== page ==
This issue also contains two exciting autotranslations from Persian, one from Ali Asadollahi, the other two from Maziar Karim. Asadollahi’s poem, “The Labor’s Look” dismembers the body, breaking it down to bellies, thighs, breasts, but most of all, eyes. Like a modern-day Un Chien Andalou, “The Labor’s Look” challenges the gaze by isolating the eye: it is “blinking in a bowl of eye drops,” it is being “scooped out by a spoon,” it “wanders in Tehran’s mean streets’ dirt-cheap shops,” its “yolk and white is stirred with a diamond drill.” The eye, with or without the body that would fold it into the singular lyric “I,” is subjected to multiple scenes of violence, before ultimately giving way to a somatic communion of hands.
Meanwhile, Karim’s incendiary poetics deconstruct a privileged category of “poet,” in favor of a collective “we” which edit the pages of today’s stories over decades and generations. “they fired / a poet / to the mirror of sky / thousands of poems rained down / thousands of people / became poets,” Karim writes. Through this dissolution from individual to populace, Karim elegantly posits a coming-together which is essential to movement: “we are candles / that in the plural of anger / will become a sun.”
Finally, for something absolutely joyful, Mathias Kirchoff presents images from his series “Tribute,” which translates beloved songs into wooden objects, playing with color, form, and texture to convey the feeling of the original text. We hope you delight in these as much as we do.
Special Issue II
This is where I would normally sign off, but a double issue deserves a double introduction (befitting our 20th issue in the year 2022).
In Issue #19, we shared some translations of contemporary Russophone poets, facilitated by the Latvia-based Russian poet Dmitry Kuzmin, with the goal of sharing many more in this issue. But in the midst of our selection process, way back in February, Russian president Vladimir Putin ordered an unprovoked, unjustified, brutal invasion of Ukraine.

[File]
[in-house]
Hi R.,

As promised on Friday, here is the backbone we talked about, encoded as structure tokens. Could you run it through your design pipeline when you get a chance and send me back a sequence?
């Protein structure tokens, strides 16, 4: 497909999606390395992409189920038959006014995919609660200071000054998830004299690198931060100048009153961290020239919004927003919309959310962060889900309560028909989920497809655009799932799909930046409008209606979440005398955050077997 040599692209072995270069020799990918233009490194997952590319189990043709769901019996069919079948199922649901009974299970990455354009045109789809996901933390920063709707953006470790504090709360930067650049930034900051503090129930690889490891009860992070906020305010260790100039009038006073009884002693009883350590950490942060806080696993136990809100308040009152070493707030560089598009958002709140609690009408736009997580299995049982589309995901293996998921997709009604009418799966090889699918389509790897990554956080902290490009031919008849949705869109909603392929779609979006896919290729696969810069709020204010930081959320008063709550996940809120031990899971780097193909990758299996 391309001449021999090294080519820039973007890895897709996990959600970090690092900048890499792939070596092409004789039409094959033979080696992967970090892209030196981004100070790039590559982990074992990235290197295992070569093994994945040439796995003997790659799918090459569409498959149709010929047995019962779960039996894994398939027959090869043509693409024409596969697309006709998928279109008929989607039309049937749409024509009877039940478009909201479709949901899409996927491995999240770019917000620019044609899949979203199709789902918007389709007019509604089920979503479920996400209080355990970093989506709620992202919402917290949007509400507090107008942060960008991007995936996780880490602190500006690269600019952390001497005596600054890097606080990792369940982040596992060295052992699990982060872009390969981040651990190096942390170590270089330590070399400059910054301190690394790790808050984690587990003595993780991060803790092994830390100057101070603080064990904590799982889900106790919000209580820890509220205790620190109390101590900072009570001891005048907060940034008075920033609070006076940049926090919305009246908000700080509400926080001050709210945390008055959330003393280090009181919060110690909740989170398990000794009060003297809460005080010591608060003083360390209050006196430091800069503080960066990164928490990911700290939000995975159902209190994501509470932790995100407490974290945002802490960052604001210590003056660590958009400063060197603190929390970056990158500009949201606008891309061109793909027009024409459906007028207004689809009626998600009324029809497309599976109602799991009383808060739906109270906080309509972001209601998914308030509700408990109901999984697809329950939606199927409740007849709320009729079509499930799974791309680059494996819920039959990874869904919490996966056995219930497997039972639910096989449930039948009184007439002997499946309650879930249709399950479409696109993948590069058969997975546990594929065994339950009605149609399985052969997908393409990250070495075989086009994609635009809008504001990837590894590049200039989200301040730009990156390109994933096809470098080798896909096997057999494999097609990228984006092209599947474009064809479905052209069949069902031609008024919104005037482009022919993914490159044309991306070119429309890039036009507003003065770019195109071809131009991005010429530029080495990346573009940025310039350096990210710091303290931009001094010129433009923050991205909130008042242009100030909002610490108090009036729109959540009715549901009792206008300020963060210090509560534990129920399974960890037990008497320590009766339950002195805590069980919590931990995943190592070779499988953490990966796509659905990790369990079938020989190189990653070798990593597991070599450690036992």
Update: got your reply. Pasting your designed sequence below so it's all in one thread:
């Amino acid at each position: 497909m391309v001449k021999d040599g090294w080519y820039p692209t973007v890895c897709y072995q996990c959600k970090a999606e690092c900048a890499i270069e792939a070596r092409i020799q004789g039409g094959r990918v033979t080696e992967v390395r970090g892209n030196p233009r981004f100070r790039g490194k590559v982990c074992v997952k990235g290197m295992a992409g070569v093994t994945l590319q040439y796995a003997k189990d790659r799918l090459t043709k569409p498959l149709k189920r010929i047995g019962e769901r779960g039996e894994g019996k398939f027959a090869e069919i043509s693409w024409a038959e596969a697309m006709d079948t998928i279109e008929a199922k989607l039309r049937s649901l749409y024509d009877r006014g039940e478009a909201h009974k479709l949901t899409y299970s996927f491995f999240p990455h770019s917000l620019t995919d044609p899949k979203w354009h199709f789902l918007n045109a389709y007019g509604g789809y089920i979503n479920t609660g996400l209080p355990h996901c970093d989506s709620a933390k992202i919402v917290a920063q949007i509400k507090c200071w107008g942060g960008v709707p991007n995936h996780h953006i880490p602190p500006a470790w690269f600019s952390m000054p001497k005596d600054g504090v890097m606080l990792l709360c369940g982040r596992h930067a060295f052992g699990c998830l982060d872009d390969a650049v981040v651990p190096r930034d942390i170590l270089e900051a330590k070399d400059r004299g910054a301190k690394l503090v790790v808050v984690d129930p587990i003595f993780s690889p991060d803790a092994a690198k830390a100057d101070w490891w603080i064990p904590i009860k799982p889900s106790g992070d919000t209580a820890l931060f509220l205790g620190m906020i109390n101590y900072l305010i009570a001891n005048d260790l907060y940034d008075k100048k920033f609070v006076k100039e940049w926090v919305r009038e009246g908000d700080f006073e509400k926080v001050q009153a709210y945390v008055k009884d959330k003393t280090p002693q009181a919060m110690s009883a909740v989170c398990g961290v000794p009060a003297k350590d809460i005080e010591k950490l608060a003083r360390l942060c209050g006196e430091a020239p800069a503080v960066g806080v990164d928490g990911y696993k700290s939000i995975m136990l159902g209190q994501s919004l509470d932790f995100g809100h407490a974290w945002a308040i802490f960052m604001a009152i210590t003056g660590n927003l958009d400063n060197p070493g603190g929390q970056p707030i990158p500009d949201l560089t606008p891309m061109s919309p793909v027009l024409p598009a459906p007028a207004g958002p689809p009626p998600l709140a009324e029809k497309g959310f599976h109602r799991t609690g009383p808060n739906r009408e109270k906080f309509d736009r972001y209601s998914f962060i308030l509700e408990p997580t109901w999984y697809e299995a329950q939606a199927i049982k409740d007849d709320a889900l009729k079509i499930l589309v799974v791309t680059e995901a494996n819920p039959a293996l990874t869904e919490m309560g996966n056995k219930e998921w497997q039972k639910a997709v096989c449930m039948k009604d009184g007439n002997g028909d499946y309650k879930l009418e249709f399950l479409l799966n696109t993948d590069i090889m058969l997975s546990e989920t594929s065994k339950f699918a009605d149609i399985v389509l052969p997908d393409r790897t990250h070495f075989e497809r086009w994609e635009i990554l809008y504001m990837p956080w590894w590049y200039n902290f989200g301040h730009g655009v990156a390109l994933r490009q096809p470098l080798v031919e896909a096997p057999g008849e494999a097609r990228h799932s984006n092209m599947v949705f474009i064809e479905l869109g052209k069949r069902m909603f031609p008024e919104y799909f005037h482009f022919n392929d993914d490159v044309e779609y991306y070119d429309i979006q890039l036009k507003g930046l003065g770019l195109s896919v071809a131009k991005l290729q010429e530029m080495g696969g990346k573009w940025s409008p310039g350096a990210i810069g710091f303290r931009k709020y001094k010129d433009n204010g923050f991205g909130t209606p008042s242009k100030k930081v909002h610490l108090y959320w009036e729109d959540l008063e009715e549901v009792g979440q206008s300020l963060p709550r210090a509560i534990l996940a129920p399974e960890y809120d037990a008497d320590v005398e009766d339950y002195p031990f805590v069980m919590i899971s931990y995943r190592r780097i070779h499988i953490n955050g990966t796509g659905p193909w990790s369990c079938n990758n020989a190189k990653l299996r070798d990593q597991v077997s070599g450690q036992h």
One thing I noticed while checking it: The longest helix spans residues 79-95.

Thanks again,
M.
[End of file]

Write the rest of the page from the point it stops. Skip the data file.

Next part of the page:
As with many outlets, we struggled with how to proceed. We agreed this was a moment to highlight dissenting Eastern European voices, as opposed to poets from the country waging an unprovoked attack on Ukraine. And yet, it is also a time to highlight the fact that language is not bound by borders, and to expect that language presupposes fidelity to a regime is to invoke the same rationale that underscores imperialist nationalist violence. As a compromise, we have chosen to share Russian-language translations only by Russophone poets who live in Ukraine, who have left Russia since the 2014 anti-Ukrainian military aggressions, and who have vocally opposed the war. Further, we are excited that this issue also includes translations of Ukrainian poets and writers, many of whom are in direct conversation with the war and the circumstances leading up to it.
Maxim Borodin’s, Fyodor Svarovsky’s, and Sergej Timofejev’s poems all give us surrealistic, melancholic, darkly humorous portrayals of urban life, in which modern comforts contend with a profound internal uneasiness: razor blades line the doors of subway cars; an office worker laments losing touch with the material world; a woman designs “an advertising campaign for feelings, because there are none left;” girls lock themselves in club bathrooms, come out with secretive looks, and later turn into garden benches. It is often said that the Russian word toska is untranslatable (though I believe “melancholy” and “ennui” may approach it). Here, at least the elements that comprise it are not.